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Bulletin insert 2019


learn. empower. lead.

The Rwanda School Project’s mission is to provide high quality secondary education in Rwanda. We opened the Rwamagana Leaders’ School in 2010 to offer a secure and nurturing school environment that transforms vulnerable youth into future leaders and problem solvers who champion environmental sustainability and social change.

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Expeditionary Learning

Greg Farrell, founder, president, and CEO of Expeditionary Learning, served on our board from 2011 until his death on March 29, 2020. He was 84. The New York Times described him as a civic reformer and schools innovator in a design and program and nonprofit organization aimed at creating and sustaining excellent public schools in cities, towns and neighborhoods where good schools are most needed.
Expeditionary Learning is the model chosen by the Rwanda School to guide its growth. It emphasizes high standards, both with respect to academic and character development; a strong and positive school culture; learning by doing; fieldwork; and an intensive program of professional development for whole faculties. Greg summed up the approach, “…the idea is to get everyone over the mountain rather than to see who can get over the mountain first.”
—Greg Farrell … We will miss you, Greg.


Empowering Our Students

In 2019, five from our first graduating class graduated from Kepler University. One of those graduates, Amani Simbayobewe, founded Rukundo, a nonprofit to “provide resources and support for the street children of Kigali to help them leave behind street life, return to school, and receive the education that will allow them to contribute to society and achieve their dreams.”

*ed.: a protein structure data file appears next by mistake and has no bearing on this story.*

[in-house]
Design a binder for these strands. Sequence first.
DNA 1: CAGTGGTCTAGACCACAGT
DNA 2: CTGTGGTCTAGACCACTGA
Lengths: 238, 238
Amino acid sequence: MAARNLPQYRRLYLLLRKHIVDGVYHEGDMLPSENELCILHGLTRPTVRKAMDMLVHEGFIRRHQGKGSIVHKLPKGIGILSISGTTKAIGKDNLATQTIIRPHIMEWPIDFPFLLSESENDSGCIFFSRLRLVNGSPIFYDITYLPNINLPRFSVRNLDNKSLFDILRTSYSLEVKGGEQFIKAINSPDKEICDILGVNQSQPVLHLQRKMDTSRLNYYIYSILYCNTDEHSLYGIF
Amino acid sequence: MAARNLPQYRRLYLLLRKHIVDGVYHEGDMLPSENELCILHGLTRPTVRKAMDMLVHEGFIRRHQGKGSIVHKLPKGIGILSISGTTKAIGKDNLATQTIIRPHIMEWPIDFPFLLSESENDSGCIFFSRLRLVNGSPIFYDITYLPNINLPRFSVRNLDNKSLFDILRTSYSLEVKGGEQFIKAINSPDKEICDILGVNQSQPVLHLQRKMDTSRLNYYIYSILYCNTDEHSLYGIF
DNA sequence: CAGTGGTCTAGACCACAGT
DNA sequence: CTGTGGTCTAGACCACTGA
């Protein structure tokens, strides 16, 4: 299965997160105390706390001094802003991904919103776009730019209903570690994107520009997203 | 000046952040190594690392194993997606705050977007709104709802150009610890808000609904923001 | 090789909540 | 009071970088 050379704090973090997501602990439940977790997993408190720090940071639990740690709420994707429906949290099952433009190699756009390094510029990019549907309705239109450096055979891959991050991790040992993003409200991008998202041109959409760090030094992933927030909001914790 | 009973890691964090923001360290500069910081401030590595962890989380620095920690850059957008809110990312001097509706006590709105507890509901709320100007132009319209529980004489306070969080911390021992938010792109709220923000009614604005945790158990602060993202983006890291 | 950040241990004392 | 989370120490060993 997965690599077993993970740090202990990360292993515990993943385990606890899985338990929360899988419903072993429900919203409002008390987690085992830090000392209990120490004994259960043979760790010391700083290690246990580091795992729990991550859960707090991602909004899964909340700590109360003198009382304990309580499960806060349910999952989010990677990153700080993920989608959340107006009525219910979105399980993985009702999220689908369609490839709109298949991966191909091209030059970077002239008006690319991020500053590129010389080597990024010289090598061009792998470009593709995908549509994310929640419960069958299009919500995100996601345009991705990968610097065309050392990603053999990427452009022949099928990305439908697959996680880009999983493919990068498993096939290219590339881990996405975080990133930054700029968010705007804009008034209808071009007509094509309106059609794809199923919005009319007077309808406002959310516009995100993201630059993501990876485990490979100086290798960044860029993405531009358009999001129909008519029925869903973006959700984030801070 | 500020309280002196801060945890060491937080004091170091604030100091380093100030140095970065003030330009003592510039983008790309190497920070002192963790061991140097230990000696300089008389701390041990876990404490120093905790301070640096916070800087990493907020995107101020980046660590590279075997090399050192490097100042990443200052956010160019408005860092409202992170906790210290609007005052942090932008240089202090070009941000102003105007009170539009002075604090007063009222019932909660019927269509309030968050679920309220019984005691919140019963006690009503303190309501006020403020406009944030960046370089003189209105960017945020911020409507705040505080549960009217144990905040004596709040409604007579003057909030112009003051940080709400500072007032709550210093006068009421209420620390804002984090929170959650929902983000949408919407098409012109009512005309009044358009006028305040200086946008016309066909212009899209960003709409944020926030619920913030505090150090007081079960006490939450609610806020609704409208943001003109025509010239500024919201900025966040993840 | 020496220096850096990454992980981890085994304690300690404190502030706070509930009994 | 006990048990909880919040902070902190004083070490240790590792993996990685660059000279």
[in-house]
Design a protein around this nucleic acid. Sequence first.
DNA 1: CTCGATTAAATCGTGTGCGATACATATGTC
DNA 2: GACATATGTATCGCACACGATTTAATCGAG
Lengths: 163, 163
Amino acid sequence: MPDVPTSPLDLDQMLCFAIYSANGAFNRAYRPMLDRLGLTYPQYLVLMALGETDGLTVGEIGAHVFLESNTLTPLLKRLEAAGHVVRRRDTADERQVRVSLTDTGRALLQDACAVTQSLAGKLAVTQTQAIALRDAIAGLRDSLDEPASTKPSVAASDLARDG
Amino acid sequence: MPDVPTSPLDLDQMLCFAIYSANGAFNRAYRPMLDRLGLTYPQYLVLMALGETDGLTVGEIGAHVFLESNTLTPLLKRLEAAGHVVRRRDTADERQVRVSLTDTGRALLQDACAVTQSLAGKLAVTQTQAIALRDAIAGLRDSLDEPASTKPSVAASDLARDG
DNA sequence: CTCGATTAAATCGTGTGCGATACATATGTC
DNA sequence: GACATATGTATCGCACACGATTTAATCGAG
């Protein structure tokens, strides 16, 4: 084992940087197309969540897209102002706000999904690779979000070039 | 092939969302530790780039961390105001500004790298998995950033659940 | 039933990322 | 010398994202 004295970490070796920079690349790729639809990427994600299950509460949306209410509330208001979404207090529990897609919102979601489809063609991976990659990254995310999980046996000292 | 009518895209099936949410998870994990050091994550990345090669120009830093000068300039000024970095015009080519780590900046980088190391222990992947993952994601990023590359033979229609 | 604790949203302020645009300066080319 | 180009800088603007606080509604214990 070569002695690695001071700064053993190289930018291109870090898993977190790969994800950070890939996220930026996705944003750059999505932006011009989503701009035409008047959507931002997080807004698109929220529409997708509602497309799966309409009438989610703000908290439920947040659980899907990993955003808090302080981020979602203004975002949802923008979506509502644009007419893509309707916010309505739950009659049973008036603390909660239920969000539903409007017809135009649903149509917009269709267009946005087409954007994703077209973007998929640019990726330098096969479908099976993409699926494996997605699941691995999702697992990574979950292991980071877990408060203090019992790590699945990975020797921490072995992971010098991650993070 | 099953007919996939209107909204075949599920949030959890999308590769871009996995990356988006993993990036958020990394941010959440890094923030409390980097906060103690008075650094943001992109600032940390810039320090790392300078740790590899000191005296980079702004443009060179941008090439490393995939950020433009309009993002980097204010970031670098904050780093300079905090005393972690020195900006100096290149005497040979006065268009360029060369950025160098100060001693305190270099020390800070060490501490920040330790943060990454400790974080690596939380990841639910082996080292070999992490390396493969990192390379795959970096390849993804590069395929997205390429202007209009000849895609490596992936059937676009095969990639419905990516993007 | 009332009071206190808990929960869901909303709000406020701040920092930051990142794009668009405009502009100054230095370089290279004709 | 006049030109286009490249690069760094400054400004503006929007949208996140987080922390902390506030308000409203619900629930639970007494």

Other graduates have been empowered in other ways. Mucyo Pacifique (2017) received a four-year scholarship to the University of Nebraska with the commitment to work for at least five years after graduation to advance the agricultural sector in Rwanda. Ornella Irakoze (2015) founded the IF Foundation to support sustainable community development for single mothers, female Genocide survivors, and families. “I learned a lot in life and I feel like it is my time to give back.”



Food distribution from Rwamagana Campus due to COVID-19 shutdown.

Get Involved

On March 14, 2020 our campus received notification that our school needed to close as part of a nationwide shutdown in Rwanda due to the coronavirus. Since most in Rwanda live month-to-month with no savings, life seems impossible to many. After seeing that our students got home safely, we needed to help beyond the walls of our school building. First, we decided to continue the salaries of our teachers and staff, even though our income from tuition has ceased. Second, we donated $1,000 to help with government food distribution. Third, we prepared food bags to 45 families that stay in our school neighborhood. The need is huge, but resources are limited. The list in our school’s neighborhood has over 1,000 families with more than four members. “We are grateful for the quick response to our generous donors who have stood with us before and during this pandemic and above all to God who enables all of us to do what we do with smiles, love, and compassion.”
—Moses Ssenyonjo, Program Director